In total, 500 image recordings were analysed with a standard PIV processing routine incorporating iterative correlation window size reduction (Scarano and Riethmuller 2000) and image deformation using quintic B-spline interpolation (Astarita and Cardone 2005). Correlation windows were reduced in four iterations to final sizes of 37 × 37pixels2 (~2.4 mm × 2.4 mm) with an overlap of 50 % resulting in a structured vector field with approximately 1.2-mm grid spacing. Every iteration, the obtained vector field was subjected to validation utilising either the universal outlier method (NMT) or the newly proposed adaptive weighted angle and magnitude threshold technique (AWAMT). Invalidated vectors were subsequently replaced with the median of the eight closest neighbours.

The under-sampled ensemble-averaged flow field behind the porous disc is detailed in Fig. 16 and shows complex flow features. Flow with momentum higher than the freestream is ejected from the pores and interacts with the outer shear layers to create zones of recirculating flow on the upper and lower part of the disc. Between approximately 1.2∙Ddisc and 2∙Ddisc, a large zone of reverse flow appears. This region is formed by the merging of the outer shear layers, forging two stagnation points along the centreline at the zone edges. In addition, two outward vortices are present within the reverse flow zone. The near wake pushes the freestream outwards similar to the bluff body wake behind solid discs (Kalra and Uhlherr 1971) which merges again at approximately 2.5∙Ddisc downstream initiating wake recovery. It should be noted that such features are only present in the time average. From an instantaneous perspective, the jets display a flapping behaviour, giving rise to the appearance of the multiple stagnation points in the ensemble average. This flapping is in reaction to the vortex shedding from the disc which takes place at random locations along the circumference (Miau et al. 1997). The flapping in addition gives rise to mobile zones of turbulence and accompanying velocity gradients, making the flow a challenging test case for vector validation.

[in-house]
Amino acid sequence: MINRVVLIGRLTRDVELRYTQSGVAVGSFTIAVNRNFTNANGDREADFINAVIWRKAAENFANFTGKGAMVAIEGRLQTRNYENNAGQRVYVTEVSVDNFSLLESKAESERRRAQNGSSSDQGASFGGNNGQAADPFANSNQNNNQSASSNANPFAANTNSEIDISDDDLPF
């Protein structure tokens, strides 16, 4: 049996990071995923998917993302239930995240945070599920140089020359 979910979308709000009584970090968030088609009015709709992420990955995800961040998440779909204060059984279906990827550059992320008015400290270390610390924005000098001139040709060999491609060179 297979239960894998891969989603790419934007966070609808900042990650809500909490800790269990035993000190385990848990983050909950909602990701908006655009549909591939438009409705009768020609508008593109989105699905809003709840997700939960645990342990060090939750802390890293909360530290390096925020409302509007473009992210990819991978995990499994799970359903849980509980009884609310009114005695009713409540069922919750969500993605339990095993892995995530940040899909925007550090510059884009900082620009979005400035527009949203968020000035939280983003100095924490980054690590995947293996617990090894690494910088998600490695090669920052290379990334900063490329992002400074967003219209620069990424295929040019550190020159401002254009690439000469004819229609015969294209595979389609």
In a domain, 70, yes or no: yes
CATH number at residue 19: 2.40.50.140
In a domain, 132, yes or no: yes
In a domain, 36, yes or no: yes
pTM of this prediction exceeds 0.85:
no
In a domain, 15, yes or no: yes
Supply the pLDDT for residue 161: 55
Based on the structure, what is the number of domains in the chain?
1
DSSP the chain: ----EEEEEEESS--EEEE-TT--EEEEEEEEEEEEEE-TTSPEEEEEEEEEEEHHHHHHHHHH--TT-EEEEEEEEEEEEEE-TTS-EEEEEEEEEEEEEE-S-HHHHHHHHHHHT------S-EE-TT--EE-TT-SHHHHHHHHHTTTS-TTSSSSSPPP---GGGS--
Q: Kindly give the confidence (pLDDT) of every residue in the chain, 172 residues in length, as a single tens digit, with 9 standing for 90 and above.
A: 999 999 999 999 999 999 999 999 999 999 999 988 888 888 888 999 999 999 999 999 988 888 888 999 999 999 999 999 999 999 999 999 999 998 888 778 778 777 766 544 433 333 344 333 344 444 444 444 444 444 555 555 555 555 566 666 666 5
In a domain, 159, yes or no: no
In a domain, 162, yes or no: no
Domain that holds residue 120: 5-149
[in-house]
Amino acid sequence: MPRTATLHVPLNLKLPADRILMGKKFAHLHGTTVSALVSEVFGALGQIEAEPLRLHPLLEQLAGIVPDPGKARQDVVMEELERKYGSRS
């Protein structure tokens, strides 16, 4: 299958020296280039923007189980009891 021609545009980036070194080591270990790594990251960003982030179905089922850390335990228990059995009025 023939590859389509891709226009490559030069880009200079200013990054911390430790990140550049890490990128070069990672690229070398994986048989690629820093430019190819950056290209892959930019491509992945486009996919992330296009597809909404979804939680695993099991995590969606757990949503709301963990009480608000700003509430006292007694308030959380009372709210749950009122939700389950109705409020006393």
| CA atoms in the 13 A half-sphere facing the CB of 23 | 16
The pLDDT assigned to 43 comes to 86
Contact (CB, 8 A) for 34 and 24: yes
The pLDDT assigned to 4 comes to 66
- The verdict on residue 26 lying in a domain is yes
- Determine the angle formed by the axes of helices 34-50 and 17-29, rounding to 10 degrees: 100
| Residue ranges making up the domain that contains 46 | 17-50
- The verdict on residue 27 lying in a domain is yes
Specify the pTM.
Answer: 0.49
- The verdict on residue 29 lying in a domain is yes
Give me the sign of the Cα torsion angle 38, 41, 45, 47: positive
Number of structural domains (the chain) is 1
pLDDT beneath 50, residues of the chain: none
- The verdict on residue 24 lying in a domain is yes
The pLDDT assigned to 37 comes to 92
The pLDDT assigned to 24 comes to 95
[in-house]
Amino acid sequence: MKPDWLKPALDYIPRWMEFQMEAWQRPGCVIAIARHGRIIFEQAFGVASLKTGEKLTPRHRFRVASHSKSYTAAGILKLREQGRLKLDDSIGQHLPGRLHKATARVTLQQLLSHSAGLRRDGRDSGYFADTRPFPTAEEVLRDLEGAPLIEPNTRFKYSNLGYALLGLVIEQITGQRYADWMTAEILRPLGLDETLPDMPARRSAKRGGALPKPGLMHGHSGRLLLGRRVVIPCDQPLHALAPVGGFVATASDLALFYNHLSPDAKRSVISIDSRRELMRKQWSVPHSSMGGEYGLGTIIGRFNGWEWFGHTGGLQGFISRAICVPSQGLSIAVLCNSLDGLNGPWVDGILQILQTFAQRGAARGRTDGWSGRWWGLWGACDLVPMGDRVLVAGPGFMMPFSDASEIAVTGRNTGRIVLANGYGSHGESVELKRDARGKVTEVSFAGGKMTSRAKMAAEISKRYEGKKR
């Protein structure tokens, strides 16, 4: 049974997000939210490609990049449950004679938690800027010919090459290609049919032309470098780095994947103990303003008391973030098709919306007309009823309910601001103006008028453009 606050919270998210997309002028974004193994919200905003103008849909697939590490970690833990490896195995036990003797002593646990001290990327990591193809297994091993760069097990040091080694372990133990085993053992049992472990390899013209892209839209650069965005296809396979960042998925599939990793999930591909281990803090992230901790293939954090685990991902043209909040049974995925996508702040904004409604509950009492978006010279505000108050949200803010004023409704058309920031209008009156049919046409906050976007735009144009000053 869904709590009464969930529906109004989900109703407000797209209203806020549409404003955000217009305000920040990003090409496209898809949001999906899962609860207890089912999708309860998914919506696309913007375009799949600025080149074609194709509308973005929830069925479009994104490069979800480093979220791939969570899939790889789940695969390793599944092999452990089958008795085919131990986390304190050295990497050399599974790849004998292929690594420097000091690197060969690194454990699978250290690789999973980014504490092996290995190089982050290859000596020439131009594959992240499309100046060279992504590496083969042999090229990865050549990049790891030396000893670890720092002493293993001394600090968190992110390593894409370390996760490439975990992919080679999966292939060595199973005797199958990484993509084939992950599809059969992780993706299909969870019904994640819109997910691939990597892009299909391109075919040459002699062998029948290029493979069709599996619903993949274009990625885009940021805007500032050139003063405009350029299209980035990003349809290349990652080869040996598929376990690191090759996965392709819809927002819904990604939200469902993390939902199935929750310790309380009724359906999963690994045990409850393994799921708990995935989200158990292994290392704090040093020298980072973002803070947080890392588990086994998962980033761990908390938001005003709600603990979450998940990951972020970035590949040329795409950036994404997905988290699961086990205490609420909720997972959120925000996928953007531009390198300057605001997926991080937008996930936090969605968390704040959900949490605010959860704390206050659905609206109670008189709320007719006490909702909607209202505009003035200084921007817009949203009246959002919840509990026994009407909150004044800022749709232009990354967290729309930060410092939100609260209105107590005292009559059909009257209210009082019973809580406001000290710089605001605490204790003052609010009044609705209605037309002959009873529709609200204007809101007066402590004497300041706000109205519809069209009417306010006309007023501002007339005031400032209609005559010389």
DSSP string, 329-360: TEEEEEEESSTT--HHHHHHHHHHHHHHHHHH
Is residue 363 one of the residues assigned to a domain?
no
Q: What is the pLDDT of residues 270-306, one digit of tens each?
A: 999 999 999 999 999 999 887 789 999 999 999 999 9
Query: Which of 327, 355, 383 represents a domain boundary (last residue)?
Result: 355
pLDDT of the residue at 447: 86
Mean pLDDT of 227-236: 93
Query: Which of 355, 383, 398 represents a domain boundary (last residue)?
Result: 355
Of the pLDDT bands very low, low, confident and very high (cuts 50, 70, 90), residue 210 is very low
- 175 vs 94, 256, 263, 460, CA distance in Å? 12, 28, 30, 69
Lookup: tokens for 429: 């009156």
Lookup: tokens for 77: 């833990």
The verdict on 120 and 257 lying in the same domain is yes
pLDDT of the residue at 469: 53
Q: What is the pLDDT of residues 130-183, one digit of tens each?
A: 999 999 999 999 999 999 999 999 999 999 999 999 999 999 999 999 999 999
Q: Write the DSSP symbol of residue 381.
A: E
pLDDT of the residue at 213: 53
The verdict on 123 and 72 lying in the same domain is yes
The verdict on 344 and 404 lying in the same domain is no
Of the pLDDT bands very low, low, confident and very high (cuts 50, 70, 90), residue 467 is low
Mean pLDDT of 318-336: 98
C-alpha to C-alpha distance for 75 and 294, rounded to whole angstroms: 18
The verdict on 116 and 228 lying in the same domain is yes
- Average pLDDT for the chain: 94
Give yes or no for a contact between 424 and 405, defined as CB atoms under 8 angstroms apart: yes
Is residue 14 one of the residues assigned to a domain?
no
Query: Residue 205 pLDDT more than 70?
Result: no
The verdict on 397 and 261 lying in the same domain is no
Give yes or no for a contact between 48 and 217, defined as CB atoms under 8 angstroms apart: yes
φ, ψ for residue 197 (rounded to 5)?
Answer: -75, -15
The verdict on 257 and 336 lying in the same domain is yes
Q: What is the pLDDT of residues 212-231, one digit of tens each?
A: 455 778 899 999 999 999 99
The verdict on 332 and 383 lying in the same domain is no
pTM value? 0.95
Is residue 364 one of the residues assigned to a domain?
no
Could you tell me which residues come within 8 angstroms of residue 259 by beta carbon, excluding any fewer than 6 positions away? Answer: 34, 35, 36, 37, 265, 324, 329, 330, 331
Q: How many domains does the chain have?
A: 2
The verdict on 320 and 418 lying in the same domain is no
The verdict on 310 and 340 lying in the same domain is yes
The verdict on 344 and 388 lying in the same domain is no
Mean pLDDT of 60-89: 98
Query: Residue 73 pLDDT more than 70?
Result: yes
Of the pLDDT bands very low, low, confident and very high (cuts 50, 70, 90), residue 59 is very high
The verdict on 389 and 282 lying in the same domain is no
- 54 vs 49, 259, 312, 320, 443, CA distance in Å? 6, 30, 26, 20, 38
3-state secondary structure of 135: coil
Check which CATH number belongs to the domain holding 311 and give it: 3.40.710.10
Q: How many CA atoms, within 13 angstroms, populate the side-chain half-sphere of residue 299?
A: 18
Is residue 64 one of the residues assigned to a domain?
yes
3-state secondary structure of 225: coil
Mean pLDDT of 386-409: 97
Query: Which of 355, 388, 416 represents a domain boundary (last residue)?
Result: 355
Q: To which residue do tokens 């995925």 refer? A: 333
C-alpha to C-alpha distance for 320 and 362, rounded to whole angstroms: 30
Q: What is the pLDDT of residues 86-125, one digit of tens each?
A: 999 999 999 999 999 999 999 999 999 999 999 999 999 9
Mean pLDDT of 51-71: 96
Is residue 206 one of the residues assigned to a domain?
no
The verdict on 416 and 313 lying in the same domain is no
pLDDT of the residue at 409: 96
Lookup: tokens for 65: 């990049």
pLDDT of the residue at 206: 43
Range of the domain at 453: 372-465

Fig. 16
figure 16

Ensemble-averaged flow field (under-sampled by a factor 3 in both directions for clarity) of 500 snapshots of the near wake behind the porous disc. Dashed red lines indicate the locations of the extracted velocity profiles

Figure 17 juxtaposes contour maps quantifying the percentage of replaced vectors in the final iteration, R = R o  + R * u , by the NMT and AWAMT method across the image ensemble. Since outliers are replaced, this quantity R is indicative of the vector validation performance in detecting outliers. The detrimental effect of laser reflections can be observed in the vicinity of the disc for both validation methods. Throughout, the authors have argued that existing vector validation routines are susceptible to over-detection in regions of higher turbulence intensity. Figure 17 attests especially the bounding shear layers of the disc and jets, and jet interaction region to be attributed a higher percentage of outliers compared to the bulk. However, Fig. 17 also demonstrates the AWAMT approach to consistently detect fewer outliers in these regions compared to NMT. This supports the Monte Carlo simulations which indicated AWAMT to abate the number of undetected outliers and lower the number of over-detections. In the shear layers of the jets exiting from the perforations for example, NMT invalidates 60 % of the vectors compared to 30 % by AWAMT. In the outer shear layers, AWAMT lowers the number of replaced outliers on average from 30 to 15 %.

Fig. 17
figure 17

Comparison of the number of replaced vectors across the PIV data series (500 images) as per the outcome using (left) NMT vector validation (right) AWAMT vector validation. Dashed lines indicate the locations of profile extraction